Tag Archives: moral-theory

Moral Theory: Divine Command Ethics

Posts in the Moral Theory series

  1. Moral Theory: Introduction
  2. Moral Theory: Divine Command Ethics
  3. Moral Theory: Natural Law

introduction

In all my years of going to revivals, summer camps, Testimony Sunday, Denny’s, and Outreach Events, I’ve never once heard somebody start their story of conversion by saying,

So there I was, sitting in traffic, and the Lord spoke to me through the bumper sticker on the car in front of me. I realized, ‘Real men DO love Jesus!’, and right then and there, I knelt down in the drivers seat, closed my eyes … and promptly rear-ended that very car!

I have kind of a bumper sticker peeve. Who do these people thing they’re preaching to?

Especially this one:

God said it, I believe it, that settles it

Let’s go ahead and give the bumper sticker people the benefit of the doubt. Let’s assume that, instead of bolstering their religious machismo with a little ‘in your face’ posturing, they’re actually proposing a subtle and complex theory about the nature of morality, that they are the heirs of Plato and Ockham, struggling to make sense of a complex world.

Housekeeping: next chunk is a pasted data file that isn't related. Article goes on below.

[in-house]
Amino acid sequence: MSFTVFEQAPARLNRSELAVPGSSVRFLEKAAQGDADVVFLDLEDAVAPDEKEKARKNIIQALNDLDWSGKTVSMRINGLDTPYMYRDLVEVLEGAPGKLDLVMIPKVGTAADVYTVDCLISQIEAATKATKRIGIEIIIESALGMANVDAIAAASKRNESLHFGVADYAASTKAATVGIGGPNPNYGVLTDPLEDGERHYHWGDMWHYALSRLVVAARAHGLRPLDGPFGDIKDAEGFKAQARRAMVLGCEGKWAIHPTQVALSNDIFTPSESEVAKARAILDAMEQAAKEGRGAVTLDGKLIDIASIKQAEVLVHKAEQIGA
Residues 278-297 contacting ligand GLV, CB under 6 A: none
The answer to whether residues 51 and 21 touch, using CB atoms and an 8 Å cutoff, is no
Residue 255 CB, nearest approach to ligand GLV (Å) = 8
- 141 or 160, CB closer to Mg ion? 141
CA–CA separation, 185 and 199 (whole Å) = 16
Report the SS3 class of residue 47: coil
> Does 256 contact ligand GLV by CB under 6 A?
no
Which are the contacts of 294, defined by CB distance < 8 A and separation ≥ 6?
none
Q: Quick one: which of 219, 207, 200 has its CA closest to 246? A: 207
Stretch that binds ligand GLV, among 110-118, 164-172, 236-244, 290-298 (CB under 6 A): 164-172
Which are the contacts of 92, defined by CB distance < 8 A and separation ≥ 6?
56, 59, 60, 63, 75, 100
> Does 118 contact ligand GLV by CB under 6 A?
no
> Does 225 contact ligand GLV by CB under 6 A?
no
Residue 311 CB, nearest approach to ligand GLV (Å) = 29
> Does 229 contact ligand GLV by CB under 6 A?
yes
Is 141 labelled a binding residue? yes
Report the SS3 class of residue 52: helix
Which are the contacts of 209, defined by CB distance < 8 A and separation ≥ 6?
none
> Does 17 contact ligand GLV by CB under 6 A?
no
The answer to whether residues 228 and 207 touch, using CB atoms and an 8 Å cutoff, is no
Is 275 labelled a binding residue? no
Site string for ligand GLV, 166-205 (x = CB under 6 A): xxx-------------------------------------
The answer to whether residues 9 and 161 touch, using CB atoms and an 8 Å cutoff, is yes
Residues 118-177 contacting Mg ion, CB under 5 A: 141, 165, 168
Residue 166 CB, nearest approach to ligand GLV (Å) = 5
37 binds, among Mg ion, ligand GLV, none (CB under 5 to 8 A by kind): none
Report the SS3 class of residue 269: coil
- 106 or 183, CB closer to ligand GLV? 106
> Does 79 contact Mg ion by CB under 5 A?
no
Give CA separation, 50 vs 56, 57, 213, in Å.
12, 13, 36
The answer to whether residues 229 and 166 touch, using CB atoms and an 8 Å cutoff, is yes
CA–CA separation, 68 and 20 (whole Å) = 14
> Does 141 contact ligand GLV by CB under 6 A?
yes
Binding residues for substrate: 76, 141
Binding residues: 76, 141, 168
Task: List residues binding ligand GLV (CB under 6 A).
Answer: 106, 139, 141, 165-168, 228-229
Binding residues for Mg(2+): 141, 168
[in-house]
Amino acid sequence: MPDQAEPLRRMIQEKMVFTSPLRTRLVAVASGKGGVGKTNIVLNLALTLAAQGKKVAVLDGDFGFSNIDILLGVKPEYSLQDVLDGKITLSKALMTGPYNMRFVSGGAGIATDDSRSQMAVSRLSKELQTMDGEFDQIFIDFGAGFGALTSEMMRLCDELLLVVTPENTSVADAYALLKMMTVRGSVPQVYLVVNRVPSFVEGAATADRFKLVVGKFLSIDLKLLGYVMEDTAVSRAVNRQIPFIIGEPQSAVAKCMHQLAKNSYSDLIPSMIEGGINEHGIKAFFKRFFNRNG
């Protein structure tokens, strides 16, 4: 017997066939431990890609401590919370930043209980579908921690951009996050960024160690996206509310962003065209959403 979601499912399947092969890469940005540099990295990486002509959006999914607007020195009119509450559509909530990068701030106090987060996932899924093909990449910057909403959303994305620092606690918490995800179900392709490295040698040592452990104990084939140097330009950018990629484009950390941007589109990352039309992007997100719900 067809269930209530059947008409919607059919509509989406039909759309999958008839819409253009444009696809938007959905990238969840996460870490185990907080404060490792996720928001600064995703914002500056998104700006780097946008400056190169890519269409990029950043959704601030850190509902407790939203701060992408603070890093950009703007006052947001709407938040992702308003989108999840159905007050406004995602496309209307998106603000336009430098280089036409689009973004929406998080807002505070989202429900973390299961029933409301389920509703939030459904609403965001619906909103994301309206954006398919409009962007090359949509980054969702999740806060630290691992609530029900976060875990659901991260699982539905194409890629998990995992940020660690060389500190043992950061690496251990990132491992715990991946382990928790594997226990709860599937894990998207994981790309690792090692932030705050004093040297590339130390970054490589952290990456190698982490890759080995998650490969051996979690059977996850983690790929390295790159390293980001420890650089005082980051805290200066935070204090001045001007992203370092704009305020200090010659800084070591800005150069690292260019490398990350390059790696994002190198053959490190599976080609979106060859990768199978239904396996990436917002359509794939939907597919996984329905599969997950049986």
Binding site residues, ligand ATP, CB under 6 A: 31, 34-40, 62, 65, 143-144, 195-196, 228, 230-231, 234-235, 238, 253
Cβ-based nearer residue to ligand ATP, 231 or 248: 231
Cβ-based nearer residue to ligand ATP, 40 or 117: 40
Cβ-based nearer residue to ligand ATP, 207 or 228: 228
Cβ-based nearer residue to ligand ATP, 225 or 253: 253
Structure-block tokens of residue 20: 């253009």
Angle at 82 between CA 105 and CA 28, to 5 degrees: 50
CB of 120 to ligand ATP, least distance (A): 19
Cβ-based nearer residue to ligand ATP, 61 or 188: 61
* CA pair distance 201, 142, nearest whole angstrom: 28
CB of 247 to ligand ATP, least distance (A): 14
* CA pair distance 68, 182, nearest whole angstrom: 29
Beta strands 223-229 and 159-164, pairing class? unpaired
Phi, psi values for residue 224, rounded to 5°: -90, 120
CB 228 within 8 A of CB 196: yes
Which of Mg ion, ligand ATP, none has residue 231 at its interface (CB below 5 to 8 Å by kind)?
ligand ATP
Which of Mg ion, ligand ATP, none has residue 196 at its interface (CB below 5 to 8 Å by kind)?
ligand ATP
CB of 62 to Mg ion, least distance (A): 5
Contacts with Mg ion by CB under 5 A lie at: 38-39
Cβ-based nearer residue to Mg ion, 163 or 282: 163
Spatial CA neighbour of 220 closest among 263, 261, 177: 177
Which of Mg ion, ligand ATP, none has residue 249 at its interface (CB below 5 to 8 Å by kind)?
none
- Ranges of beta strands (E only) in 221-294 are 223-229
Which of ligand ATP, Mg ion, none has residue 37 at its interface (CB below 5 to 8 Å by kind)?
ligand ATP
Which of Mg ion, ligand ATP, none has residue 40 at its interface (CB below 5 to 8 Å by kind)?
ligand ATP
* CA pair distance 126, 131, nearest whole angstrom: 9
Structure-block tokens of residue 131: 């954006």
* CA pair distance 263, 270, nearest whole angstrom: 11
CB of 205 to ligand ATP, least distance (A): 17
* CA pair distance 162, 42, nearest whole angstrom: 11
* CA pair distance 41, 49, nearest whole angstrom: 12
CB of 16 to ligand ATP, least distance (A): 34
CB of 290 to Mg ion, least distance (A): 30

They are defending (whether they know it or not), a moral theory called Divine Command Ethics, or DCE.

The primary question in ethics is “What makes an action right?”. DCE answers the question simply: an action is right if God commands it. And it is wrong if he commands us not to do it.

My guess is that half of you are nodding in agreement right now, and half of you are raising one eyebrow and waiting to see where this goes. It goes way left, believe me.

First, let me clear some brush. Divine Command Ethics is not an argument for the existence of God. If you don’t already hold the position that a divine person exists, then you have no reason to consider DCE as moral theory. Instead, DCE presents some interesting philosophical challenges for people who have already accepted theism, and are asking how God might be related to morality.

what makes sense about it

If you accept that God exists, then it seems like DCE has to be your position. If we have an omnipotent divine person, isn’t it logical that moral value would depend on that person’s commands? One of the things you get with omnipotence is the ability to say what’s right and what’s wrong.

If you wanted to argue in favor of DCE, you might start by asking, “What would it mean for God’s nature if DCE were not true?” In other words, if you choose to define morality in some way other than what God commands, what unintended consequences might that have for how we understand God? Let’s do some philosophy math!